US home prices rise for third month

Posted on June 26, 2012

US home prices showed further signs of stabilisation in April, boosting hope that the housing market is finally bottoming out.

The S&P/Case-Shiller home price index, which tracks monthly changes in the value of residential property in 20 metropolitan regions across the US, showed prices edge 0.7 per cent higher on a seasonally adjusted basis.

    That followed a 0.1 per cent rise in March and was the third straight monthly gain. On a non-seasonally adjusted basis, April prices rose 1.3 per cent after holding steady the month before.

    Even as other parts of the country’s economy are losing momentum, recent housing data have pointed to a tentative recovery.

    The sector that was at the centre of the 2008 financial crisis has been hampered by low home prices and high foreclosure rates. While tight credit conditions still mean many homebuyers are unable to make purchases, others view the low mortgage rates as an opportunity to buy.

    “While a broad regional variation remains, the fact that some of the areas hardest hit during the housing downturn such as Florida, Arizona and California have seen gains in recent months is a positive sign that the gradual improvement in housing conditions is becoming somewhat broader based,” said Michael Gapen, analyst at Barclays.

    Tuesday’s data, which came in above consensus estimates of a 0.4 per cent increase, followed positive new home sales numbers reported on Monday. Sales of new single-family homes rose 7.6 per cent to a seasonally adjusted 369,000-unit annual rate last month, the highest since April 2010, according to the commerce department.

    Year on year prices fell 1.9 per cent, the smallest decline since November 2010. This was also smaller than the 2.3 per cent decrease that was forecast and less severe than March’s 2.6 per cent dip.

    A rise in prices has been eagerly awaited in the hopes it would tempt more buyers to make a purchase, which would sustain a housing market recovery.

    “Based on the sales volumes we have seen, we expected prices to rise although this is a little stronger than what we had forecast,” said David Stiff, chief economist at Fiserv, the financial services provider.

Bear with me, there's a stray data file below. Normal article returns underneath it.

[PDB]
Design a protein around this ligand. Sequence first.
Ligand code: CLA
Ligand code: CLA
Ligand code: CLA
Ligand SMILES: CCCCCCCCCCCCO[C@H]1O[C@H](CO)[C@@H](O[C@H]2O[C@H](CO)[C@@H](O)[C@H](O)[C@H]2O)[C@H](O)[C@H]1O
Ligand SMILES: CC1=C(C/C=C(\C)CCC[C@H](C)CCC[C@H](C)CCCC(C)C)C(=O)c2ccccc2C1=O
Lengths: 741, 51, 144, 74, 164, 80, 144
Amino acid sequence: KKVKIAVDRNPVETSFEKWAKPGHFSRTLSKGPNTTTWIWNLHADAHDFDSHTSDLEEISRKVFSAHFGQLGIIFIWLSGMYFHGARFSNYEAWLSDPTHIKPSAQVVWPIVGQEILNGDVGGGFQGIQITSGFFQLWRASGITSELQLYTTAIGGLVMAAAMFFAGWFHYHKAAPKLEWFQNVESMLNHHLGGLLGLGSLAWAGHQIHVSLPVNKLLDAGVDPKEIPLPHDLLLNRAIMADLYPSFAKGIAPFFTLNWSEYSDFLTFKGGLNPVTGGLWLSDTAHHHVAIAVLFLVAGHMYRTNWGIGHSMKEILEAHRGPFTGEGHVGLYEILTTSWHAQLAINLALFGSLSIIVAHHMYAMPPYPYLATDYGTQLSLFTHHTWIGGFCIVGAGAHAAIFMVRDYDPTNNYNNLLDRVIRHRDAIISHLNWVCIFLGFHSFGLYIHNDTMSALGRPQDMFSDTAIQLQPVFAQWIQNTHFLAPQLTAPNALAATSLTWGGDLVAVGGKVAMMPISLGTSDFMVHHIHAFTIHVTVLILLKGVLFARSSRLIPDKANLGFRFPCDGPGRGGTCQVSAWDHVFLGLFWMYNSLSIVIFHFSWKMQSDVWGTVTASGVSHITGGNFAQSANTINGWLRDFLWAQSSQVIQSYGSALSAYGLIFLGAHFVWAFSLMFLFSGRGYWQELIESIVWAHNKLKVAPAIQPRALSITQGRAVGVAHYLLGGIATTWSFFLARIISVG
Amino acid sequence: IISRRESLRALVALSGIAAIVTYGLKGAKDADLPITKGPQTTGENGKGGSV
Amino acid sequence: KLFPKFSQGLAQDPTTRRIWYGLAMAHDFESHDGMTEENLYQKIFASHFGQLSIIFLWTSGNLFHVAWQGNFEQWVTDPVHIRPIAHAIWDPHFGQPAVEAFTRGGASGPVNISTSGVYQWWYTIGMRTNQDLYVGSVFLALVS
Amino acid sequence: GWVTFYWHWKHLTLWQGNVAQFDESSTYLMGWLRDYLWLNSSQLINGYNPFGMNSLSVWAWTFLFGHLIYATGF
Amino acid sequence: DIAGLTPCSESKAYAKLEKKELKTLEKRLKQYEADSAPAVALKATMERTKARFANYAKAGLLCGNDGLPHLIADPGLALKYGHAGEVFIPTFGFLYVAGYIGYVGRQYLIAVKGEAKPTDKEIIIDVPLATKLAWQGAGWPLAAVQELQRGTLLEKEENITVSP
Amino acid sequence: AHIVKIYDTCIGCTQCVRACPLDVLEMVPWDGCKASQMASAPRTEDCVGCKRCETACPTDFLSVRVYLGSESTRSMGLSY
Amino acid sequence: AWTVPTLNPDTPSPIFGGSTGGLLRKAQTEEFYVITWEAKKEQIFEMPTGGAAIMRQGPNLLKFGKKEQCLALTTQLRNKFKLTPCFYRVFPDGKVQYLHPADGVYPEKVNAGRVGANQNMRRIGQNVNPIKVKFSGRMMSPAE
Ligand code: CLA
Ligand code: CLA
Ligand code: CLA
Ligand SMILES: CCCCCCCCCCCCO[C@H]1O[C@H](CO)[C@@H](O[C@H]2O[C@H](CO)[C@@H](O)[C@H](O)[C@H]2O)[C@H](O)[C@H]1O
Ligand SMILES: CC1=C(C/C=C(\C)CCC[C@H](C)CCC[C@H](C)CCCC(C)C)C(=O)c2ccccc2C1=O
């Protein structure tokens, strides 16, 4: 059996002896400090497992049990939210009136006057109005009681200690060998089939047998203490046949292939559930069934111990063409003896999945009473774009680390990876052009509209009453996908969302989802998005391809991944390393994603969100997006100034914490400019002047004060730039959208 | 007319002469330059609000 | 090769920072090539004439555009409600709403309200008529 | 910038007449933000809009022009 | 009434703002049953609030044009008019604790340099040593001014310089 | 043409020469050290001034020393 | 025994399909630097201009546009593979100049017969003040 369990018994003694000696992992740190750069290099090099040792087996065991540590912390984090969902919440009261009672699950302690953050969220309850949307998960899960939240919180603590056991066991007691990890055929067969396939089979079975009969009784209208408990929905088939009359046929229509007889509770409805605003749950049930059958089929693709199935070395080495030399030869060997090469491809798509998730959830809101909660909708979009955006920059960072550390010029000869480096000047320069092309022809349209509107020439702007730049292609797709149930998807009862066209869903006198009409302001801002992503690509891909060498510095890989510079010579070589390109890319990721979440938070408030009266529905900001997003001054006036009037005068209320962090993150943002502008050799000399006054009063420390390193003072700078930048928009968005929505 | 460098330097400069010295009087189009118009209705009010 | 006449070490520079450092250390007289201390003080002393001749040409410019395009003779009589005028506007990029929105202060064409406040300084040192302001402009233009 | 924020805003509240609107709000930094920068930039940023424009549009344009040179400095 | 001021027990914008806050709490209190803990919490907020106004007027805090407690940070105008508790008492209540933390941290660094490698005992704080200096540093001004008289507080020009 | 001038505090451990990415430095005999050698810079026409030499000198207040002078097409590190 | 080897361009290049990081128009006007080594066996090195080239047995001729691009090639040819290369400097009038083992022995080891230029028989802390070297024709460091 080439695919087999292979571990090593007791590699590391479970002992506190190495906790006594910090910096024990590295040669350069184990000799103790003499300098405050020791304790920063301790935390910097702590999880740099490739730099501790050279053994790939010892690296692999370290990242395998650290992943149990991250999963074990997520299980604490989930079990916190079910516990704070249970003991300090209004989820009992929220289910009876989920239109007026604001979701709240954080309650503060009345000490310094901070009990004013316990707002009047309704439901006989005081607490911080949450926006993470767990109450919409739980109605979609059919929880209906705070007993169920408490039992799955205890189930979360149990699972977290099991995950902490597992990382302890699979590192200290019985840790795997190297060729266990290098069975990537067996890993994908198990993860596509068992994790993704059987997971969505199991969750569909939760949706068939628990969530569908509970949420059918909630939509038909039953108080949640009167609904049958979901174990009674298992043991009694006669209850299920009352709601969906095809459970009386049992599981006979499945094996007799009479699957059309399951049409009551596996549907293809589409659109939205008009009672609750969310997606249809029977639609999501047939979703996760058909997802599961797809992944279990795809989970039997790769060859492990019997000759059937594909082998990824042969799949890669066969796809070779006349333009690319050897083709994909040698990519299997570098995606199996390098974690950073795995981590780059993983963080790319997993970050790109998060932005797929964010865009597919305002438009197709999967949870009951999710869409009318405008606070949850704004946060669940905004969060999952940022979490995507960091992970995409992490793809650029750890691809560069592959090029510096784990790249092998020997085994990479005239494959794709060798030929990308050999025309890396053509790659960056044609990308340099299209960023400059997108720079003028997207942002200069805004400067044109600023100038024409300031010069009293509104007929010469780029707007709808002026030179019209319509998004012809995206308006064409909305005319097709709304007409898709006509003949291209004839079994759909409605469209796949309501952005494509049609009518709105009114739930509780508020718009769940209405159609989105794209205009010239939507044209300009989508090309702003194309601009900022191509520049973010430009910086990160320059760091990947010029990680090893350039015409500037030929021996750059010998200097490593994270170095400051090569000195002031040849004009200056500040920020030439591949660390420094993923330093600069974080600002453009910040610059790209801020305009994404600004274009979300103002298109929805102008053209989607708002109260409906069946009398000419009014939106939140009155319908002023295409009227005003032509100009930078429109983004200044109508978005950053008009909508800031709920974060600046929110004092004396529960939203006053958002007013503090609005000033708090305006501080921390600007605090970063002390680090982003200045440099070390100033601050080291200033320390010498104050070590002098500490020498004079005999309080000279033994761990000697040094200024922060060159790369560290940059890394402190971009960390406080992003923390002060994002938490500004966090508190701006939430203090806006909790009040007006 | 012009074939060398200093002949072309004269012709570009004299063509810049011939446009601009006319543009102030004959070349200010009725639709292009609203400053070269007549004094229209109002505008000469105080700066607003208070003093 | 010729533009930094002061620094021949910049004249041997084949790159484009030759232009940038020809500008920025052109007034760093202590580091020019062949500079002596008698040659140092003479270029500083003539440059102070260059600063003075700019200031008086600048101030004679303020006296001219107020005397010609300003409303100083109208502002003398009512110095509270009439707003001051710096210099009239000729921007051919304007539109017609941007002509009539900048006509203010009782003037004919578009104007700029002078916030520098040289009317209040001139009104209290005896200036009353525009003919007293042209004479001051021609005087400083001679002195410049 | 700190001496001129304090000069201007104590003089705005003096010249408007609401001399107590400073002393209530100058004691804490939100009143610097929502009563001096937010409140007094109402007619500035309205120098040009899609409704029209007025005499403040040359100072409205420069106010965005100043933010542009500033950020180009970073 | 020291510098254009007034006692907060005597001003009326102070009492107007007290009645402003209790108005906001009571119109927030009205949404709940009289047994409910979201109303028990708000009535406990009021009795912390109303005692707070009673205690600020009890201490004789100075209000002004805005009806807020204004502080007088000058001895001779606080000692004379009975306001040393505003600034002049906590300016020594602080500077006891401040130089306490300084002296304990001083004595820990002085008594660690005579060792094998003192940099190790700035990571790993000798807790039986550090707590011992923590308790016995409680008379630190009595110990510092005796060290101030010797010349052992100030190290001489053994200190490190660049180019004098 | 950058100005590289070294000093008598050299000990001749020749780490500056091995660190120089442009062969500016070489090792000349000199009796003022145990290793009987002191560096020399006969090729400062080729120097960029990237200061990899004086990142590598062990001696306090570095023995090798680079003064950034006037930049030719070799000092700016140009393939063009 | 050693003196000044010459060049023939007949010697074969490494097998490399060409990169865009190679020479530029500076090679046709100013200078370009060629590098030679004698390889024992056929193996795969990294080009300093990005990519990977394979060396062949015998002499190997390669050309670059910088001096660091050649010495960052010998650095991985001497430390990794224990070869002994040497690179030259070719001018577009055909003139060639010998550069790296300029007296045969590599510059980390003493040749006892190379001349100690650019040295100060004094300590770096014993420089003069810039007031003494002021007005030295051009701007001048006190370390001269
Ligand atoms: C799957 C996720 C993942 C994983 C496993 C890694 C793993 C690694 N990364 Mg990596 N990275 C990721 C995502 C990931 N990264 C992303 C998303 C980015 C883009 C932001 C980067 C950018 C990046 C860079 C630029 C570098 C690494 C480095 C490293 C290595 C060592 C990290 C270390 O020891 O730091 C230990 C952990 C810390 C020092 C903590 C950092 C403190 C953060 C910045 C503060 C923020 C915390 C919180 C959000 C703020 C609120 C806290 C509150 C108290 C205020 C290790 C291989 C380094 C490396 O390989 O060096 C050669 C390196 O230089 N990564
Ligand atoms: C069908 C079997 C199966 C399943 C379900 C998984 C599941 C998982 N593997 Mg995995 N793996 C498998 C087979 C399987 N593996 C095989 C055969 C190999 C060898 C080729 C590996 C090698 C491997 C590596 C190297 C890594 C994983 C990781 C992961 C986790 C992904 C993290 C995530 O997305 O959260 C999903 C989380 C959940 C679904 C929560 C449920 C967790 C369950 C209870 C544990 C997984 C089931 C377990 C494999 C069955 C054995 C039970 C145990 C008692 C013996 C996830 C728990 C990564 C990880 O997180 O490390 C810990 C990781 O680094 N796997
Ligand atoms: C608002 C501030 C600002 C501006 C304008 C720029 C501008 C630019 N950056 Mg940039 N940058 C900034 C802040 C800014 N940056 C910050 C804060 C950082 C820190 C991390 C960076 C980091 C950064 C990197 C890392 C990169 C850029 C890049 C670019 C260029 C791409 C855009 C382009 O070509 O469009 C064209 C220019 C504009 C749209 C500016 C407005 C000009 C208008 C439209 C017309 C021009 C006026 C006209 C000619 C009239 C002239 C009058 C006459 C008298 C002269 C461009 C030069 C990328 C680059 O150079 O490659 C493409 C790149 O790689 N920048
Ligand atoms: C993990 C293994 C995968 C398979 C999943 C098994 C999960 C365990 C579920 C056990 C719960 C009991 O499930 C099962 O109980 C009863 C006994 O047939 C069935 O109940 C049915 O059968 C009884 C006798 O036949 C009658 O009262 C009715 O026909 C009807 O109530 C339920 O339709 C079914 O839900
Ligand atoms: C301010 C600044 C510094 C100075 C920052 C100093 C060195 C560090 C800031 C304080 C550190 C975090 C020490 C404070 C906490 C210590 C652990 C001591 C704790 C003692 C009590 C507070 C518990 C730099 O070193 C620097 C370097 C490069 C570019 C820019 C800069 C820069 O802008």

Mr Stiff added that while Americans are more positive about the US housing sector, there are a disproportionate number of investors and cash-only buyers in the market.

    “More cautious buyers are still on the sidelines and there are still a significant proportion of homebuyers that are hampered by stricter lending standards. But rising home prices have the potential to fix both of these things. As people and banks become more confident, demand for homes will increase and credit restrictions will loosen,” he added.

    According to last week’s existing home sales report from the National Association of Realtors, prices look likely to follow an upward trend as the pool of unsold houses on the market shrinks. There were 2.49m existing homes for sale in May, down from an average supply of 2.93m in 2011 and 3.22m in 2010.

    The same NAR report indicated the median price of an existing home climbed 7.9 per cent to $182,600 last month, the highest since June 2010 and up from $169,300 in May 2011.

    Of the 20 cities surveyed in Tuesday’s figures, 18 saw increases in annual returns in April. Only Detroit and New York fared worse.

    But even as sentiment about the housing sector strengthened, confidence among US consumers declined in June to a five-month low as Americans became more downbeat about the labour market outlook.

    The Conference Board, an industry group, said its index of consumer attitudes fell to 62 from a downwardly revised 64.9 in May. Analysts had expected to see a gain of 63.5.

    The index is based on consumers’ perceptions of current business and employment conditions, as well as their expectations for the next six months, The index is measured on a scale of 100 pegged to the level of confidence in 1985.

    European woes have hurt US sentiment and may point to slow consumption growth in the second quarter.

    The risk of a cutback in consumer spending, which accounts for about 70 percent of the economy, led to the Federal Reserve extending Operation Twist – selling short-term bonds while purchasing long-term securities to support the economy. While the Fed noted some “signs of improvement” in the housing market, it still judged the sector to be “depressed”.

    The data come ahead of numbers this week that include the latest revision to first-quarter growth data and jobless claims on Thursday and personal income, spending and consumer sentiment data on Friday.

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